Wednesday, May 19, 1999


Former cop
gets prison term

Her addiction to 'ice' leads
to a five-year sentence
on 11 charges

By Debra Barayuga


Police officer. Drug addict. Convicted criminal. And now inmate.

Elizabeth Savage, 33, hit rock bottom because of her addiction to crystal methamphetamine.

Yesterday, she apologized to the courts, her family and friends for the wrongs she has done and asked for a chance at rehabilitation.

"I am not a bad person," said Savage, who spent six years as a police officer before she resigned from the force in March 1996. "I am a drug addict who does bad things to feed my addiction."

Circuit Judge John Lim yesterday sentenced Savage to five years on 11 previous charges of attempted theft, second-degree theft and second-degree forgery and revoked her probation on those charges.

Under two new charges of second-degree theft and forgery, he sentenced her to five years also to be served concurrently, with a mandatory minimum of three years and four months for being a repeat offender.

She had been charged with attempting to cash a bogus check using fake identification.

She also received five years, to be served concurrently, for breaking into a car.

Savage was initially sentenced in 1997 to a year in jail and five years' probation for the earlier offenses.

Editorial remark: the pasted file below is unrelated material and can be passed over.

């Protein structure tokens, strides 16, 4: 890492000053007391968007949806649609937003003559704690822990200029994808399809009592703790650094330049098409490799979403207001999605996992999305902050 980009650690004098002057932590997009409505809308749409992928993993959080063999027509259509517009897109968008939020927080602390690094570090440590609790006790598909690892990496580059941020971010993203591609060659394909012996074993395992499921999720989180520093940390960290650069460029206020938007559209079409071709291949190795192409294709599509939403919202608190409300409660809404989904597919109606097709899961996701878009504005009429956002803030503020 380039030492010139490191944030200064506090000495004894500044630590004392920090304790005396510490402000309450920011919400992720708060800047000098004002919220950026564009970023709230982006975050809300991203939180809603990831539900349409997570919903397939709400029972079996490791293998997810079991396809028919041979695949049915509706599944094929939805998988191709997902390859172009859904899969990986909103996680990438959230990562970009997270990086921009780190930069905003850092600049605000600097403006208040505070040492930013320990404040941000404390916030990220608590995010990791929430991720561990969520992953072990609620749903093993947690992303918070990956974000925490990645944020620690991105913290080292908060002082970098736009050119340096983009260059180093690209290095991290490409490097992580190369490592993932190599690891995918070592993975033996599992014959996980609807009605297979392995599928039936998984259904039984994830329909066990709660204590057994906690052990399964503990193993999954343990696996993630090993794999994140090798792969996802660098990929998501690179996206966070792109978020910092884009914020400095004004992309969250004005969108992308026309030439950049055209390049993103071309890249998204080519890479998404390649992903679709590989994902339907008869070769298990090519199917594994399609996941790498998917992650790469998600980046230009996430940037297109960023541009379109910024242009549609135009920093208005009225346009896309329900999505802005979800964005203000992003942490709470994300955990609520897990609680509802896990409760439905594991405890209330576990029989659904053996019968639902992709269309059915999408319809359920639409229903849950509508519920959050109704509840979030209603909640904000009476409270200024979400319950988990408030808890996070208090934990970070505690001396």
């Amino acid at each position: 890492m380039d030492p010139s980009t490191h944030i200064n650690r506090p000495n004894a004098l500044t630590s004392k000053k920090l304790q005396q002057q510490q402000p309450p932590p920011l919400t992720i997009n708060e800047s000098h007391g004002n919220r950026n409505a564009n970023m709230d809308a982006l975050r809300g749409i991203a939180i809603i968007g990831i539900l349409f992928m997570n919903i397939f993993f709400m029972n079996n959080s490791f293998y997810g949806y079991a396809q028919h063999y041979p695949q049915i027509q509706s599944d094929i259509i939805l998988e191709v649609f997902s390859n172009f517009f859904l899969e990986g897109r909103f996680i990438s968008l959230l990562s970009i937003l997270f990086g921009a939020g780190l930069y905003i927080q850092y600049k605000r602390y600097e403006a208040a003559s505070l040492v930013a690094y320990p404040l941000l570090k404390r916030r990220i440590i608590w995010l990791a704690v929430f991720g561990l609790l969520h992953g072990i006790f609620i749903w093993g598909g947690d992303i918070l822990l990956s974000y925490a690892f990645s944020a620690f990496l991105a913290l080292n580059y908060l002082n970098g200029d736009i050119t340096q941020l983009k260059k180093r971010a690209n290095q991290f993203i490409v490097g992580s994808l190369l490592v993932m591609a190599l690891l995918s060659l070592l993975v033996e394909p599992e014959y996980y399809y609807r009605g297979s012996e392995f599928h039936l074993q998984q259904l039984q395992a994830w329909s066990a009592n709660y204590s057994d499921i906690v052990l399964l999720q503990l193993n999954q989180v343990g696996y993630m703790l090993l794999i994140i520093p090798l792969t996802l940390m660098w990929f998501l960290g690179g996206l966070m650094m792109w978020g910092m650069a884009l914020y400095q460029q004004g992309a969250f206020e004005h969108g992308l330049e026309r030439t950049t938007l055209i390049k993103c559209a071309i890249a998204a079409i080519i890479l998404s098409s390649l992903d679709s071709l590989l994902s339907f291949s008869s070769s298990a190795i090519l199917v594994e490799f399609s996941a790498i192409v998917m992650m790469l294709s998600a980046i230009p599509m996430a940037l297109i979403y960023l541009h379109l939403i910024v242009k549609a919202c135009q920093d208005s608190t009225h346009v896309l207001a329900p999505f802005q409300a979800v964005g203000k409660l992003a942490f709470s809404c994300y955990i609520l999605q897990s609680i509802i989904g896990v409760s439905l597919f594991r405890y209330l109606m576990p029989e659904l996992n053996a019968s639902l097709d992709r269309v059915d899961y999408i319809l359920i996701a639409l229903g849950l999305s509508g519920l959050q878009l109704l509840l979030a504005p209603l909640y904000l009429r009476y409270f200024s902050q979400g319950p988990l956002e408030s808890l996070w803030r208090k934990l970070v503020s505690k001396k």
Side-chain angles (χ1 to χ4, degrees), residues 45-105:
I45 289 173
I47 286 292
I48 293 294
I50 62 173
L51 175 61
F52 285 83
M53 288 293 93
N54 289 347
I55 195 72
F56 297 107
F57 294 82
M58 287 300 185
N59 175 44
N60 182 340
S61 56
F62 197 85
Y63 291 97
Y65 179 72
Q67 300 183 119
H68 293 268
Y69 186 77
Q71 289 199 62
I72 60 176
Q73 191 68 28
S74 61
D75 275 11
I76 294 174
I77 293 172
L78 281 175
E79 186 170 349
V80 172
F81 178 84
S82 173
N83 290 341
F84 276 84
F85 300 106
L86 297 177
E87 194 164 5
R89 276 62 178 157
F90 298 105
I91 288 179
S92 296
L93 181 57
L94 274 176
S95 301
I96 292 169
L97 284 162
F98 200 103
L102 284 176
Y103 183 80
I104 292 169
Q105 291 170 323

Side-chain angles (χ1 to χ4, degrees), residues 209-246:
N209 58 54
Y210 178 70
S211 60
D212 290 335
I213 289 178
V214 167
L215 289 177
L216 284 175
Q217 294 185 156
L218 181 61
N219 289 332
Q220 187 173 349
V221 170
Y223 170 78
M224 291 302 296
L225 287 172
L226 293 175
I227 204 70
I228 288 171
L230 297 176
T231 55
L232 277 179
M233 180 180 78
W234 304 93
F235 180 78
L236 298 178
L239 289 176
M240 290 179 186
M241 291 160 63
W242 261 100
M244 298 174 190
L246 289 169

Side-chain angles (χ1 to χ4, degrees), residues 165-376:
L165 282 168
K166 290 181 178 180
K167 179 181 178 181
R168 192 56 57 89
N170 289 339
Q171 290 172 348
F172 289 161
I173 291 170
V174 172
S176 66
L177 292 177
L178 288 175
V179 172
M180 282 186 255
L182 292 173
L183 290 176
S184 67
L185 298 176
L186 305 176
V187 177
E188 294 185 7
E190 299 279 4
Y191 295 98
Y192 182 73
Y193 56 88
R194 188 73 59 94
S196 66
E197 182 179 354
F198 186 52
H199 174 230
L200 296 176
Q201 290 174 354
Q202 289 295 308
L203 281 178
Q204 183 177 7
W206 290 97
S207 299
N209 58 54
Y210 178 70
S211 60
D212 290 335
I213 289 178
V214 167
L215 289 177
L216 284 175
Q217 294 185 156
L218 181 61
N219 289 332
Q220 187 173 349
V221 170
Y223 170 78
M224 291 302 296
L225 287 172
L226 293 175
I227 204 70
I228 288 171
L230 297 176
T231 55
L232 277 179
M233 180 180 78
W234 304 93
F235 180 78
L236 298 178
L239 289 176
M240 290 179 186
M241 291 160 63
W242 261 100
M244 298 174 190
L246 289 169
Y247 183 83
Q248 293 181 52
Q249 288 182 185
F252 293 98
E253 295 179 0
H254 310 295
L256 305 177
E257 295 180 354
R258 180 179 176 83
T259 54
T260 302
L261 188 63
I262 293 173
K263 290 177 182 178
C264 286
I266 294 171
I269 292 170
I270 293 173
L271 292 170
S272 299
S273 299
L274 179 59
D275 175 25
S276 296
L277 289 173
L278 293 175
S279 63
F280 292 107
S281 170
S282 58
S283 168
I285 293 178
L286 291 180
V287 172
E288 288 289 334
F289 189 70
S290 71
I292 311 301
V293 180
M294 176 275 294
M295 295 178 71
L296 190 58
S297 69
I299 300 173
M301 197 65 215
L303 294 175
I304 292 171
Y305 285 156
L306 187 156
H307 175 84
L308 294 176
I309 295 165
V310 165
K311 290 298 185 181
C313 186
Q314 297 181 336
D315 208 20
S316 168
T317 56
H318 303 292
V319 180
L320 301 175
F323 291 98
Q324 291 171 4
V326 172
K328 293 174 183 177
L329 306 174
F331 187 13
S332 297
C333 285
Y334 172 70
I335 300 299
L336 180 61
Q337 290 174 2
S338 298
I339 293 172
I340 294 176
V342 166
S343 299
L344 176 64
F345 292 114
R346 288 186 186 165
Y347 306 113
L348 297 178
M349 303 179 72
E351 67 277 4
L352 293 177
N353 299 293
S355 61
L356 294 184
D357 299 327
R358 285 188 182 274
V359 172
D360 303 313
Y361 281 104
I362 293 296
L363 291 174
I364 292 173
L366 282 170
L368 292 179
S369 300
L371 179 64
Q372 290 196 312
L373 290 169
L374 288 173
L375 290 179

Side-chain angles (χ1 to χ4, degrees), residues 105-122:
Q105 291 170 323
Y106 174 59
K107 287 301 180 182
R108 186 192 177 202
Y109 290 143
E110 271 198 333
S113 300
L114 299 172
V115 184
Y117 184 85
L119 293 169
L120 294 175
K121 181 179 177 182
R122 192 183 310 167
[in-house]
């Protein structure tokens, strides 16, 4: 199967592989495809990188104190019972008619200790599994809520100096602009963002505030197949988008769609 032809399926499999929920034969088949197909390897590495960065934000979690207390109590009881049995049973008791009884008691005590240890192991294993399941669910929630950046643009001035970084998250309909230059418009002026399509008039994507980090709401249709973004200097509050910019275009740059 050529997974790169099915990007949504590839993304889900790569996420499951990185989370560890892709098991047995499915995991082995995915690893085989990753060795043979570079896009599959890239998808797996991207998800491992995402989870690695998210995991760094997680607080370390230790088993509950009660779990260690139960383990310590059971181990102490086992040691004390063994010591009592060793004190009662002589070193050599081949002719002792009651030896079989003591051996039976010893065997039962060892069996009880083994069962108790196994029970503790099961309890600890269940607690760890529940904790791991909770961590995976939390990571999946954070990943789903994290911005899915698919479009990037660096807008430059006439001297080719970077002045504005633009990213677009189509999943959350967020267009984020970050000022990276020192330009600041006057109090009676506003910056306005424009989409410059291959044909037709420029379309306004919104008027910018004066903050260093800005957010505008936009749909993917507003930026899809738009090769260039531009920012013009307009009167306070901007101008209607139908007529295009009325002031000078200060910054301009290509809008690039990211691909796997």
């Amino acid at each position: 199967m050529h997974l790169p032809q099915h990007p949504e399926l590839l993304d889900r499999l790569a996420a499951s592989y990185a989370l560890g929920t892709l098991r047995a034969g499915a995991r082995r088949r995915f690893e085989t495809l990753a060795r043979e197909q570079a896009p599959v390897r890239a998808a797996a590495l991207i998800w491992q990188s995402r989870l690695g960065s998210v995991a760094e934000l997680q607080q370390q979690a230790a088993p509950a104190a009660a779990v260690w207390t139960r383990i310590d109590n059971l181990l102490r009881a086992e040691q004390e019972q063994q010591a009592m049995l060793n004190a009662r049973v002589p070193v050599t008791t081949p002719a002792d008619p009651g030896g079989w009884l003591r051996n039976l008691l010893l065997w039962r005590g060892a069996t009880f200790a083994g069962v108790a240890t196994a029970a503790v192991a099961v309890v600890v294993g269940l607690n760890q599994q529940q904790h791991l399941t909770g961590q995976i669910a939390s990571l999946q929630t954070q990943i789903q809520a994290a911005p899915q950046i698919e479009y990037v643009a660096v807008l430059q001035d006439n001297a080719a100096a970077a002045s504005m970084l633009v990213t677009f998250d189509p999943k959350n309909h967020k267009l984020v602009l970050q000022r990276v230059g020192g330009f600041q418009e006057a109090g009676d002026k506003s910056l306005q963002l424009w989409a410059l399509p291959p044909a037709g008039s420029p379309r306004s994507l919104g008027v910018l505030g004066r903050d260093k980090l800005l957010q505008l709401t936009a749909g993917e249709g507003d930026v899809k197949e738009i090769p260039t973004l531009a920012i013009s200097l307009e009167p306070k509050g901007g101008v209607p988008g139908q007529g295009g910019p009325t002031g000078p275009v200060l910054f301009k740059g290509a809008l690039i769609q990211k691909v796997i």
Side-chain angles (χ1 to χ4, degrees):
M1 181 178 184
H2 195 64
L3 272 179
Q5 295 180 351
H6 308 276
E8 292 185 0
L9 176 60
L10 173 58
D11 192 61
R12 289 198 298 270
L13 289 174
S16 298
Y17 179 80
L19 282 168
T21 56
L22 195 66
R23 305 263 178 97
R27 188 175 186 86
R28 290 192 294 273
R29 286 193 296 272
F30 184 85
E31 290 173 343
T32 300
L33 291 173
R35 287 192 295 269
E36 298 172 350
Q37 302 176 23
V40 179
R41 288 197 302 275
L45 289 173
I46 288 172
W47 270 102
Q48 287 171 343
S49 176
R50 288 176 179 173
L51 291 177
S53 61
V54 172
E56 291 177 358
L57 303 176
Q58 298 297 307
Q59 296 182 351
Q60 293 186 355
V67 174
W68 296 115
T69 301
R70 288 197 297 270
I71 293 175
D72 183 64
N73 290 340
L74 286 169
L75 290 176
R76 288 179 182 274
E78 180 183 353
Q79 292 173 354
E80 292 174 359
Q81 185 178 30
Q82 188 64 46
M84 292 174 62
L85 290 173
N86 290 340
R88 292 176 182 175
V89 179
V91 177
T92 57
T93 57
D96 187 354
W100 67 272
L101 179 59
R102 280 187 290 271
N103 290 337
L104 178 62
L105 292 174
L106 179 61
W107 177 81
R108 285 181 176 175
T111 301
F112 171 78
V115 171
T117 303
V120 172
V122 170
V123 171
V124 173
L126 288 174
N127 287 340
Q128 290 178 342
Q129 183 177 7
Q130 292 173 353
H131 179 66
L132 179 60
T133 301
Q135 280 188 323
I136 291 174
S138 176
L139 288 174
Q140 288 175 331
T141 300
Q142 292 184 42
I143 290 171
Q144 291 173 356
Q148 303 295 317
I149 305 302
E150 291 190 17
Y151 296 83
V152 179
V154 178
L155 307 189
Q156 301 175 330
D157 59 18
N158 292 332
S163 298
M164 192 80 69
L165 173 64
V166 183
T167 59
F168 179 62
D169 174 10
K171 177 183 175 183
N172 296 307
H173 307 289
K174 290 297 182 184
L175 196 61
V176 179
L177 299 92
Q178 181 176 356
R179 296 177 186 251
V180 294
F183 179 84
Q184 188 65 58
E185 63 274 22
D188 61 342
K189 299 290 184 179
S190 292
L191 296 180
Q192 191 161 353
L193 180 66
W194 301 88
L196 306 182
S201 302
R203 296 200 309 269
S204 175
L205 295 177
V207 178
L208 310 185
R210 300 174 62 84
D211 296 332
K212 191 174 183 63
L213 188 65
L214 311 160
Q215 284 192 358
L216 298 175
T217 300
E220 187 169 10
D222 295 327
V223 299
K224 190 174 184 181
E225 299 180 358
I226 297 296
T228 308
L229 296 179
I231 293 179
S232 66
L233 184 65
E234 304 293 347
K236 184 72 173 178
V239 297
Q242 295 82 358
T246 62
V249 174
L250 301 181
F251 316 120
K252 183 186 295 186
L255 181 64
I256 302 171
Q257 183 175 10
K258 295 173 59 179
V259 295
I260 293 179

Deputy public defender Tammy Kaneshiro had sought a lower mandatory minimum -- less than five years -- for Savage so that the Paroling Authority could work with her to assist in her transition back into society.

Kaneshiro called the sentence "fair."

"Whatever happens, she's made bad choices and whatever the consequences, she will accept it," she said.

Kaneshiro had argued that people who are addicted to "ice" usually enter into several drug treatment programs and repeatedly relapse. "It usually takes them to hit rock bottom before they're ready to address their problem," she said. "This is where (Savage) is at -- rock bottom -- and she's ready to address it."

Lim, who presides over Drug Court, which gives drug offenders an alternative to incarceration, told Savage that while he recognized how addictive ice can be, her addiction did not excuse her behavior. He said he hoped she would use her time while incarcerated to address her problem.

"It's been really hard for her," said Kaneshiro, who knew Savage in elementary school. "She took a lot of pride in being a police officer and being able to protect and serve the community."

But ice does not discriminate and affects people from all walks of life, she said. Savage is very remorseful and ashamed, but she is taking responsibility for her actions and wants to move forward, Kaneshiro said.

The judge rejected the state's motion for an extended term, saying he didn't feel she was a threat to the public. Kaneshiro had argued earlier that Savage has strong family ties and comes from a Christian family. Savage's father is a minister. Savage also wants to repay society and hopes one day to assist others whose lives have been destroyed by ice.

If the terms ran consecutively, she could have faced more than 50 years in prison, said Deputy Prosecutor Martin Romualdez.

The state had asked for consecutive sentences on the latest charges and a mandatory minimum of five years for repeat offenders.

E-mail to City Desk

Text Site Directory:
[News] [Business] [Features] [Sports] [Editorial] [Do It Electric!]
[Classified Ads] [Search] [Subscribe] [Info] [Letter to Editor]
[Stylebook] [Feedback]

© 1999 Honolulu Star-Bulletin